President Dilma Rousseff, who was imprisoned and tortured during Brazil’s 1964-85 military rule, today pledged with tears in her eyes that a commission designed to probe rights abuses then would not seek revenge.
“What drives us is not revenge, hate or the desire to re- write history but the need to understand it fully without hiding or camouflaging it,” she said during the swearing-in ceremony for the commission. “If there are sons without fathers, fathers without tombs, tombs without bodies, there cannot be a history without a voice,” she added, near tears and sparking repeated standing ovations.
One of the seven commission members is the lawyer who represented Rousseff when she was tortured with electric shocks while jailed between 1970 and 1972 for belonging to the Marxist underground that fought the junta.
Rousseff’s push for the nation of 190 million inhabitants to come to terms with its past, caused tension with armed forces members already concerned about growing legal action to hold officers accountable for the disappearance and torture of dissidents. Hundreds of retired military officers signed a petition denouncing the commission in March.
More than 475 people disappeared after being detained during the dictatorship, and thousands were illegally arrested or tortured, according to New York-based Human Rights Watch.
A 1979 Amnesty Law exempts from prosecution both those who engaged in armed resistance and military officials who may have committed crimes prior to that date. The country’s Supreme Court approved the law’s wide scope in 2010.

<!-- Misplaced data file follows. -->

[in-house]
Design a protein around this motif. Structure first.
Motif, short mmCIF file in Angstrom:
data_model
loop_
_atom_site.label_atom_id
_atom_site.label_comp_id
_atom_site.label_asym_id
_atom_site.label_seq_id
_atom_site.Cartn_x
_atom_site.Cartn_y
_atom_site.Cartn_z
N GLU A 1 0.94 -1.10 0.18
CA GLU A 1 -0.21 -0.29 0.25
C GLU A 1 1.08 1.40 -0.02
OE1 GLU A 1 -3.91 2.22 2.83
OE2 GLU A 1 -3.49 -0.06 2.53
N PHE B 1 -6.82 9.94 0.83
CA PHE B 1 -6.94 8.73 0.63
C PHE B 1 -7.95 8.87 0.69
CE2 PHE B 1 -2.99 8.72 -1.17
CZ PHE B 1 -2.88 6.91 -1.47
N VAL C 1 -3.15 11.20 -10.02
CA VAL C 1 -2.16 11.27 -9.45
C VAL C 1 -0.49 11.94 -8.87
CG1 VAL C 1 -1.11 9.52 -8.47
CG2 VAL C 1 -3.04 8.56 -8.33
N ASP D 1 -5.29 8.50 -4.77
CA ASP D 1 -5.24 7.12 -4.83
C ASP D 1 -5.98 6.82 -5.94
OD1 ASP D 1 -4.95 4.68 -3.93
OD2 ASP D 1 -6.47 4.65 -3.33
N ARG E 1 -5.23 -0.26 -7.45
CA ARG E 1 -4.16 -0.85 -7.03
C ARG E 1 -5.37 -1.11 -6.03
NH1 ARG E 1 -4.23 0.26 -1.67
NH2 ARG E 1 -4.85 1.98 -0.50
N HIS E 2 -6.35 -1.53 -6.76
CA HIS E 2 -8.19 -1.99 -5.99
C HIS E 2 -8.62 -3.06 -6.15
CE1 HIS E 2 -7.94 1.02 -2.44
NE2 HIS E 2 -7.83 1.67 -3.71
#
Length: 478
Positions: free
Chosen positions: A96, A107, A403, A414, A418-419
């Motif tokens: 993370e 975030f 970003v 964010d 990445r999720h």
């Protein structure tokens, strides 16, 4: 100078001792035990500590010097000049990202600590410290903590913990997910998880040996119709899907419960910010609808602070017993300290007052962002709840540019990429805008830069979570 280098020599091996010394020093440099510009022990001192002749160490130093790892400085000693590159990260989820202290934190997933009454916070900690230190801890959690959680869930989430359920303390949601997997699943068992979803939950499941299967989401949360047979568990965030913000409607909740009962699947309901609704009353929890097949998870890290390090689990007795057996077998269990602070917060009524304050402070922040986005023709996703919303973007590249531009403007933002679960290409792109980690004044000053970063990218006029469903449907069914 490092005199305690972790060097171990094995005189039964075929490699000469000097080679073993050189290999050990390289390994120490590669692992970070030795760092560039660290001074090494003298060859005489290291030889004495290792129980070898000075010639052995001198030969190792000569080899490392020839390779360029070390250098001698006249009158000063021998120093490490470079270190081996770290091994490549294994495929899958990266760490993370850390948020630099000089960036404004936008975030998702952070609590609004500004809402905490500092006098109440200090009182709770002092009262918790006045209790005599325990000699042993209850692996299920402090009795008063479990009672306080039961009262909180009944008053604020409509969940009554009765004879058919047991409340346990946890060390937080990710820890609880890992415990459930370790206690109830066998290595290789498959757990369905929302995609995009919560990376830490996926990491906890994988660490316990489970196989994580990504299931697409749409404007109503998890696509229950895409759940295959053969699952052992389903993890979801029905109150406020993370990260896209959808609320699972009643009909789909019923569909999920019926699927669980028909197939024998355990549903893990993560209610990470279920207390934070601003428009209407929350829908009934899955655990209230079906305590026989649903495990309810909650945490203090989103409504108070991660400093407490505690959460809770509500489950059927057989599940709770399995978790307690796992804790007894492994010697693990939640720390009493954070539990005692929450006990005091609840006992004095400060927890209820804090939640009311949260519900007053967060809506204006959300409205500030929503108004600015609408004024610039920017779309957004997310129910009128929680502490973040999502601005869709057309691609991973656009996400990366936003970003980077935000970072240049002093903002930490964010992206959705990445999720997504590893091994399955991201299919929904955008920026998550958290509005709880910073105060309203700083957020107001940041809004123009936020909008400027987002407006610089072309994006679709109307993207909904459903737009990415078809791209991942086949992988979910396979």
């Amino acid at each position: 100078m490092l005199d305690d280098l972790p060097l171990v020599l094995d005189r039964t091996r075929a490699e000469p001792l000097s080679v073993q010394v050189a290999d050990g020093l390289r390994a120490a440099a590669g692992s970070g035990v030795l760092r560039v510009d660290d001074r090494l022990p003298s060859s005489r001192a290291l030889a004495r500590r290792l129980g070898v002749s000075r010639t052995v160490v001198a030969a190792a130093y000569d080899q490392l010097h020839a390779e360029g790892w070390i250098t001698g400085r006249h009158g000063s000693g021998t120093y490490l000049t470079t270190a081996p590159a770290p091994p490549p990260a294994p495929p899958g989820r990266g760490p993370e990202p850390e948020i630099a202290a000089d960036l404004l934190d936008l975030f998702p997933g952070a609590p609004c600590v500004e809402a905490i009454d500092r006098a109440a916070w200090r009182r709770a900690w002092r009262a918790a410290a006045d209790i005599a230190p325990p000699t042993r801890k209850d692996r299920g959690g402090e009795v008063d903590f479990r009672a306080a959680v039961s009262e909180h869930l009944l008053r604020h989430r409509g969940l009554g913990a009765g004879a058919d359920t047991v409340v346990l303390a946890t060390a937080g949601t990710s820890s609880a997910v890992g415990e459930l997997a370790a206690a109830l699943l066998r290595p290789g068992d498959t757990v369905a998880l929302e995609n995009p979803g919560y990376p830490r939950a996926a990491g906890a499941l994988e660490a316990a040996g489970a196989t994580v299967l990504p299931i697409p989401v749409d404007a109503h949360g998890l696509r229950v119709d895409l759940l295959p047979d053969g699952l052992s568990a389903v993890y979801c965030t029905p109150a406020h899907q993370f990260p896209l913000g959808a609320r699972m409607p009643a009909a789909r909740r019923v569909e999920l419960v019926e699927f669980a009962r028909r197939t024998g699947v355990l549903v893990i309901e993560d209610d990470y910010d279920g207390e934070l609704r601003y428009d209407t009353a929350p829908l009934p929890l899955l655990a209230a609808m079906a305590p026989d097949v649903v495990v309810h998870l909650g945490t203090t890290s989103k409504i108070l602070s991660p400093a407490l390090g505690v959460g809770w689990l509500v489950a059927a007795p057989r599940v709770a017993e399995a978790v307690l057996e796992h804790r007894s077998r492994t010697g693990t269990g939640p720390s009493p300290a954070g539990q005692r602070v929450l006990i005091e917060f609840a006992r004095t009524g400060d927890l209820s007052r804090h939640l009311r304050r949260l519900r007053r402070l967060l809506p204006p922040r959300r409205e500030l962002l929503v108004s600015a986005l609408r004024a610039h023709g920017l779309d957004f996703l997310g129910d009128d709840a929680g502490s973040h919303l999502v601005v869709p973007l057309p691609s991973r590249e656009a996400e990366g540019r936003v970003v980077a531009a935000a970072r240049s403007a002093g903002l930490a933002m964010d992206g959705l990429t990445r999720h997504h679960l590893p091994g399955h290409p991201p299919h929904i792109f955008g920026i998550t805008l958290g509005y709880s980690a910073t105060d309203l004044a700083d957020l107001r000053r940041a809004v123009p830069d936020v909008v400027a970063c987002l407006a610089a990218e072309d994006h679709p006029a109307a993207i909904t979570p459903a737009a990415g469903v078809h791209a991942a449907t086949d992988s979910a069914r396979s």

While she honored those who fought and died for the return to democracy, Rousseff suggested she would also respect the Amnesty Law.
“I also recognize and value political pacts that led us to re-democratization,” she said in the presence of the country’s top brass.
Unlike several of its South American neighbors, Brazil has never sentenced a military officer for violence during the 21 years of dictatorship. In March, Federal prosecutors in Para state for the first time filed criminal charges accusing an officer of human-rights violations. After a court rejected the charges on grounds that they are barred by the Amnesty Law, prosecutors filed similar charges in April in Sao Paulo.
To contact the reporter on this story: Raymond Colitt in Brasilia Newsroom at email@example.com
To contact the editor responsible for this story: Joshua Goodman at firstname.lastname@example.org